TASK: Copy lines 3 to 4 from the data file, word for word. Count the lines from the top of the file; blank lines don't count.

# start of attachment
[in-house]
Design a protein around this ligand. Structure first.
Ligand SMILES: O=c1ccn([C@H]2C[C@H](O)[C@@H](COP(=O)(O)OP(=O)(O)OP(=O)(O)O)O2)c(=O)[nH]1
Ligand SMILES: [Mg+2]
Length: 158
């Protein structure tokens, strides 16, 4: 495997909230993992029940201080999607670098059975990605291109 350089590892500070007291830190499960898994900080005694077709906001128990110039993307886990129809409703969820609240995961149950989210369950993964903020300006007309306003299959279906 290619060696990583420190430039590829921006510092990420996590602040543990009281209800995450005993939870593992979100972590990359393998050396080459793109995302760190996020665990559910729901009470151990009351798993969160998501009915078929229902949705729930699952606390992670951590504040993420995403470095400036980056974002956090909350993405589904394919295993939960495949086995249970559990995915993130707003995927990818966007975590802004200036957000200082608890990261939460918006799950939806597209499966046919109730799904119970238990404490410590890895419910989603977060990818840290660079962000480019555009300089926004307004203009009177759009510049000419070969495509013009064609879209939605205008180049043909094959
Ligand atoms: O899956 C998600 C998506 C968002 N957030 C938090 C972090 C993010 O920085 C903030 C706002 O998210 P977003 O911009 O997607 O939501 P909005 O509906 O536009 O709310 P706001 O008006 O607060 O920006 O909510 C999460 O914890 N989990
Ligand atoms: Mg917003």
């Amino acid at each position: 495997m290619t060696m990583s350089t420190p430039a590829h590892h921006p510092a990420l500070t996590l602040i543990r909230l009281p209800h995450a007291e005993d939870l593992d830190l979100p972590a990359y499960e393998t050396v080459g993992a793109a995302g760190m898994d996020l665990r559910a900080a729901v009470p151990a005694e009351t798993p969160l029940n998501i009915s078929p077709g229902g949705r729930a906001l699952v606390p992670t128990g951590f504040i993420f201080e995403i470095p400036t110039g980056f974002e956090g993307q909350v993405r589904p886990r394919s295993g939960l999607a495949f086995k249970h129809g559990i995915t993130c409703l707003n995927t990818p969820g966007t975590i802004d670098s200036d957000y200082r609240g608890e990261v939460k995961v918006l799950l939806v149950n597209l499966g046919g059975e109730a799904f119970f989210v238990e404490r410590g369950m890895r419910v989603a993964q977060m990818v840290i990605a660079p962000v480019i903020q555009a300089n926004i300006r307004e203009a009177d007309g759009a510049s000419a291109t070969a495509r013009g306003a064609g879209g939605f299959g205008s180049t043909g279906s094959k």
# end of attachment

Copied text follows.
Ligand SMILES: O=c1ccn([C@H]2C[C@H](O)[C@@H](COP(=O)(O)OP(=O)(O)OP(=O)(O)O)O2)c(=O)[nH]1
Ligand SMILES: [Mg+2]